The easiest way is to follow a local and stand next to him in the opposite direction of the traffic (if you get hit, he will get you first) to cross a road.

If you are injured, do not expect the local people to be willing to help you, even to call an ambulance, as it is not free. Make sure you make it clear to the locals that you will pay for the ambulance. Even hospitals will not admit you until you can prove that you can pay the bill.

The highways are also risky, with an average of 30 deaths per day, and some residents do not even venture out unless they are in a large vehicle (car or bus). Riding a bicycle or motorbike on the motorways is an adventure for risk-takers, but certainly not for a family with children.

Nightlife dangerous in Vietnam

  • Petty crime in nightclubs is not an unknown phenomenon. Do not aggravate an incident: avoid arguments with the local population, as drunks can be violent.
  • The clubs are full of working girls looking for customers. They may also be looking for purses and mobile phones.
  • It is safe to walk alone very late in the streets of the tourist area, but you avoid unknown women engaging you in conversation. They may try to touch you, talk nicely to you and then pick your pocket.
  • Do not ask taxi drivers to recommend nightclubs. Most taxi drivers get commissions from bars and lounges to attract foreign tourists. If you go to one of these places, they will offer you cheap fares. But when you get the bill, it may include extravagant charges. Do your homework in advance and tell the taxi drivers where you want to go and insist on going where you want to go despite their admonitions. Most nightclubs have a good reputation. Going to shops with a predominantly foreign clientele is good practice.

Wildlife dangerous in Vietnam

There are few wild animals left, let alone things that are dangerous to humans. Poisonous snakes, such as cobras, may still be common in rural areas, but virtually everything else has disappeared or exists in such small numbers that the chances of seeing one are slim. There may be tigers in very small numbers in remote areas, but this is not confirmed.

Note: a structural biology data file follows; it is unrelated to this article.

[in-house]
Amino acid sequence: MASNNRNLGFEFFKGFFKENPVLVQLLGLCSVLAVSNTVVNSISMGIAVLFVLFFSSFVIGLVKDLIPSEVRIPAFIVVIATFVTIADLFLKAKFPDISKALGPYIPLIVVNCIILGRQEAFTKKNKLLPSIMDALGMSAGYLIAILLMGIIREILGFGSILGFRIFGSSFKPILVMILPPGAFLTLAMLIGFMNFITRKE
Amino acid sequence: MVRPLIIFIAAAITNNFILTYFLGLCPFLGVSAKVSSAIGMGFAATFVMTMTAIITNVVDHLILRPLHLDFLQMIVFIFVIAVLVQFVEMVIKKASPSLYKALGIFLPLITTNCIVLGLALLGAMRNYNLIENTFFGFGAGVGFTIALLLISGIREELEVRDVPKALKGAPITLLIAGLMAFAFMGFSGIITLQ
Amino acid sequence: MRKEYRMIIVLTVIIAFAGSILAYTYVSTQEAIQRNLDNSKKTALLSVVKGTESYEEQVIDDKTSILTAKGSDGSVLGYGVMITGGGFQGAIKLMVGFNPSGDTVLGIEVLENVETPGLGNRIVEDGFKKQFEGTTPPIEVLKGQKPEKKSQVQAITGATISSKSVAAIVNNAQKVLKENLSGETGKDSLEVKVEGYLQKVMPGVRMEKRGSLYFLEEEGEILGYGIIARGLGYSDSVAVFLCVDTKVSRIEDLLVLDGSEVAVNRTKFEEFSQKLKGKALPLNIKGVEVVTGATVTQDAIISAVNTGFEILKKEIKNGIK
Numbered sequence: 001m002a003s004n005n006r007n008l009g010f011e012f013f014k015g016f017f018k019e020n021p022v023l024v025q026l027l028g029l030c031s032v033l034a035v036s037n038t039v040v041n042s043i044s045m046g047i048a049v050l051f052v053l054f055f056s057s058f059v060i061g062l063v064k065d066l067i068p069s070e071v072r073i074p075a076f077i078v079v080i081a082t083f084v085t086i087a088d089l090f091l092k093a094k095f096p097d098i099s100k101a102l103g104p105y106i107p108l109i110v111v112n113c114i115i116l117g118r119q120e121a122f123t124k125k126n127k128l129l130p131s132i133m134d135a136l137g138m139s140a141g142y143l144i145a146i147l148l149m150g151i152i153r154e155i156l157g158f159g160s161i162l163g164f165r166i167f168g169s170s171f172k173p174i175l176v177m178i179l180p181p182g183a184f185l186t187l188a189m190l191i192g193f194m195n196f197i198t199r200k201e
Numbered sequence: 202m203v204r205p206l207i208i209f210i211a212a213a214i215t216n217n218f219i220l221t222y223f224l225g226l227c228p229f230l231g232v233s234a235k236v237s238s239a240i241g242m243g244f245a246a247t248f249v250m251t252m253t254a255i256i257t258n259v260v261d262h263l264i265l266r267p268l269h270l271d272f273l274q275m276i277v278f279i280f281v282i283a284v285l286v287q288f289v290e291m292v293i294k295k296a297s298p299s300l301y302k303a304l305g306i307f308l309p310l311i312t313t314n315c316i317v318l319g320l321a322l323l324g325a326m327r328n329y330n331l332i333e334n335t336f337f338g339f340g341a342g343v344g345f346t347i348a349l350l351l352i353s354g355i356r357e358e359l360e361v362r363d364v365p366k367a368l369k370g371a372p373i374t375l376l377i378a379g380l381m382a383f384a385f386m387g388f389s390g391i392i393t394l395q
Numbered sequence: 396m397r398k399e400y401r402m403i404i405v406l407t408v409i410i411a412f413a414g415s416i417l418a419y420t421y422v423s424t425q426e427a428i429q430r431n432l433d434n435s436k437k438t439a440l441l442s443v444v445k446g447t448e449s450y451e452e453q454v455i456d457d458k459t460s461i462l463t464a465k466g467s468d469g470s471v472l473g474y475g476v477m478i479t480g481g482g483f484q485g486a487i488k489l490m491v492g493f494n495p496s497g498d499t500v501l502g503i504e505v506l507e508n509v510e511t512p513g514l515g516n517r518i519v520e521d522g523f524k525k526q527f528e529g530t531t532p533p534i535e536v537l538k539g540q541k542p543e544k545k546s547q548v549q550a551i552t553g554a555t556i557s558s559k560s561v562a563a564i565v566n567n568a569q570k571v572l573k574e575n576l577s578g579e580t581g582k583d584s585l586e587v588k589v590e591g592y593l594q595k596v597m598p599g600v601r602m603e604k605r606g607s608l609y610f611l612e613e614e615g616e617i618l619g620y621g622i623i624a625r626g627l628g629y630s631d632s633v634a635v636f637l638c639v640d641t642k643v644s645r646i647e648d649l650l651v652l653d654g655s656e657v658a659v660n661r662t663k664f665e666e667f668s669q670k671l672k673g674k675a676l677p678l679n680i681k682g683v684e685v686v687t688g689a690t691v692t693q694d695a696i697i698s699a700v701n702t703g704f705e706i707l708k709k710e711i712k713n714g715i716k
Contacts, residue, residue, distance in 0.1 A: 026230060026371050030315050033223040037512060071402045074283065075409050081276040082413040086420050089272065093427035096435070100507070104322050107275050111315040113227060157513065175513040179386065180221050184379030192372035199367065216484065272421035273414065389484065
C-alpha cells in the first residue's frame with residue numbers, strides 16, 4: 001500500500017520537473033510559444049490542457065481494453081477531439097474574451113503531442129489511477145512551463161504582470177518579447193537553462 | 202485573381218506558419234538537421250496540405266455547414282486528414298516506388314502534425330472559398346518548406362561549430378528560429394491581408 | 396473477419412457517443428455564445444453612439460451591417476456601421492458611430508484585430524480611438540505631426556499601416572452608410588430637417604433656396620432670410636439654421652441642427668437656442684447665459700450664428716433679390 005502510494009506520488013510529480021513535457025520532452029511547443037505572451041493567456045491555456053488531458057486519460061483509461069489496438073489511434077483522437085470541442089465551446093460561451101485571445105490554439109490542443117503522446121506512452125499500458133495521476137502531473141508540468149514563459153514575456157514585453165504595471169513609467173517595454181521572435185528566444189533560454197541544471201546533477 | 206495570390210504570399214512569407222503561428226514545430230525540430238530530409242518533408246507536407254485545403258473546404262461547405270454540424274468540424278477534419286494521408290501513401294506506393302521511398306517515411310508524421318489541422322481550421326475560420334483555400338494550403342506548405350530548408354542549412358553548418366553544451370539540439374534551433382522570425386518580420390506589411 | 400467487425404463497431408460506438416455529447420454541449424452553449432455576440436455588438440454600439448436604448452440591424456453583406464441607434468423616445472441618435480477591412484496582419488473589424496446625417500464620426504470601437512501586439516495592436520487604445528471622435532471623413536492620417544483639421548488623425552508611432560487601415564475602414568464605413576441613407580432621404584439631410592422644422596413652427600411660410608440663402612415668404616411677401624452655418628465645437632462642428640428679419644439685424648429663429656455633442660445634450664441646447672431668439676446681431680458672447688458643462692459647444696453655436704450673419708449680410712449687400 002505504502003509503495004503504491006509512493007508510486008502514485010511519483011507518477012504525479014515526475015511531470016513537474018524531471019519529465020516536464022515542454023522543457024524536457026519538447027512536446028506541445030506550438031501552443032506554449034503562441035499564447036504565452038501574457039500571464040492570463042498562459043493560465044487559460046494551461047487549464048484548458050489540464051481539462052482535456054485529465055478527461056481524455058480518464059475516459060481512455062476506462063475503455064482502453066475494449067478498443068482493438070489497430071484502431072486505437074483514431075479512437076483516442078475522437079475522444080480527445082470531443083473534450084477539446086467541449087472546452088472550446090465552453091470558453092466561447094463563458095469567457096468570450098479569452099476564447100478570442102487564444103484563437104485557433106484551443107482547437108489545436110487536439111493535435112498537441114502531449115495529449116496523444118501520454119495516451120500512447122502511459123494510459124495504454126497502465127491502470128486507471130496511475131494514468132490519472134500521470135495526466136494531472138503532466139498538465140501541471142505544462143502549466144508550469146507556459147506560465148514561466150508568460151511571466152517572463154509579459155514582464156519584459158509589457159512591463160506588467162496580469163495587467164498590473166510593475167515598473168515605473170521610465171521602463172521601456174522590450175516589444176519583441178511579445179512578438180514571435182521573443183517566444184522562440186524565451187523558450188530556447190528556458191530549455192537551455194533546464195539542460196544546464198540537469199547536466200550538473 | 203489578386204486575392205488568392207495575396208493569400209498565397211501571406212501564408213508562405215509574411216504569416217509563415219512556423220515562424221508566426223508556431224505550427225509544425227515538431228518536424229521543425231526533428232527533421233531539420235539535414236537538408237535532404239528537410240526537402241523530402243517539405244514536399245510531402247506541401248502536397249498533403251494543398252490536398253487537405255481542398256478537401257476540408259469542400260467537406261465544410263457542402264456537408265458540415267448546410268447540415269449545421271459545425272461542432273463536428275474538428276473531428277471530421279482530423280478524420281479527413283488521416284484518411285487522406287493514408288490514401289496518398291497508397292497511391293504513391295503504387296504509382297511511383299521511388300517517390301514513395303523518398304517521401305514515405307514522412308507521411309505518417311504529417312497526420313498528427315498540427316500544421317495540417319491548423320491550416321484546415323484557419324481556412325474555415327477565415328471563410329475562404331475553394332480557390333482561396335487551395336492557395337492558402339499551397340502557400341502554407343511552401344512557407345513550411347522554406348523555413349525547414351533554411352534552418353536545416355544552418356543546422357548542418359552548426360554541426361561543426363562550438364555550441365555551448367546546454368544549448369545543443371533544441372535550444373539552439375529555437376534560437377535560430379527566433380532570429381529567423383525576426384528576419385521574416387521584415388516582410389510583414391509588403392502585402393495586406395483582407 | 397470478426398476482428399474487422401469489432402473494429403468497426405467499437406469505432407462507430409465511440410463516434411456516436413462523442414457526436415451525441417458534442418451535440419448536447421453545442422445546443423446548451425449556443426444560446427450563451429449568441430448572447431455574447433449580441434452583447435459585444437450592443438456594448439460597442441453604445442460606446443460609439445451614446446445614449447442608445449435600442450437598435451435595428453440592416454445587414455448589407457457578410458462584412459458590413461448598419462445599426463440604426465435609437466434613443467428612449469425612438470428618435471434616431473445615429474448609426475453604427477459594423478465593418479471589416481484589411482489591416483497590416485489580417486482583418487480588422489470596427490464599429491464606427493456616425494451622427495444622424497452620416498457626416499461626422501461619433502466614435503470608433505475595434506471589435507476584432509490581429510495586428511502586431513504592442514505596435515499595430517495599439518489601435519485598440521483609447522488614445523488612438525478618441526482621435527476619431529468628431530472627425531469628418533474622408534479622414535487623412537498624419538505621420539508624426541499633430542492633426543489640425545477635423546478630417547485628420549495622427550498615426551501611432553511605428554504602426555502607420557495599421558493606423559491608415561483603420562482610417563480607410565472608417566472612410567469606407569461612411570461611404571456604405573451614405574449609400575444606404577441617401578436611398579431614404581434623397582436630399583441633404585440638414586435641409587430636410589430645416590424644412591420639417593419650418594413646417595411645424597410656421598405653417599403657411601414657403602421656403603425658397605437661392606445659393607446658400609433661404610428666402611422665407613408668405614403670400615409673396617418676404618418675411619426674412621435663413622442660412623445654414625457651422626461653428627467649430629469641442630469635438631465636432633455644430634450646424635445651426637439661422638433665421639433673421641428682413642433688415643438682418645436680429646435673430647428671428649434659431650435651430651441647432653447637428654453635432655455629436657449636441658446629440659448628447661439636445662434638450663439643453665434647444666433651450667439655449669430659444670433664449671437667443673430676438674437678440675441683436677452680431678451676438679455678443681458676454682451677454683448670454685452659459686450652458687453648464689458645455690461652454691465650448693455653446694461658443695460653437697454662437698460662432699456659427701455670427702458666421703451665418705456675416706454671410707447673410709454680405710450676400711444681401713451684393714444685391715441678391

Stay healthy in Vietnam

Tropical diseases such as malaria, dengue fever and Japanese encephalitis are endemic in rural Vietnam. Malaria is not as much of a concern in big cities like Ho Chi Minh City and Hanoi, but always remember to take a liquid mosquito repellent with you. This can be very useful, especially in rural areas and crowded neighbourhoods.

Thanks to much improved hygiene in recent years, cooked food sold by street vendors and restaurants, including mixed iced drinks, is mostly safe. Use common sense and follow the advice given in the article on travellers’ diarrhoea and you will most likely get away with it.

Health care in Vietnam

Public hospitals in Vietnam do not usually meet western standards and tend to be understaffed and overcrowded. Also, doctors and nurses in public hospitals do not speak foreign languages. If you do not speak Vietnamese, you will probably need to bring a translator. Generally, hospitals will only accept your case if you can prove that you are able to pay for the services.

There are private hospitals in Hanoi, Ho Chi Minh City and Da Nang that cater mainly to Western expats and offer excellent medical care, with staff speaking English and French, even if you have to pay a high price for the services. The French-Vietnamese hospital in Ho Chi Minh City is the best known of Vietnam’s private hospitals and a popular destination for medical tourists. Most private hospitals for expatriates accept international travel insurance.

HIV in Vietnam

Vietnam has a high HIV rate. (0.5 % of the population in 2014).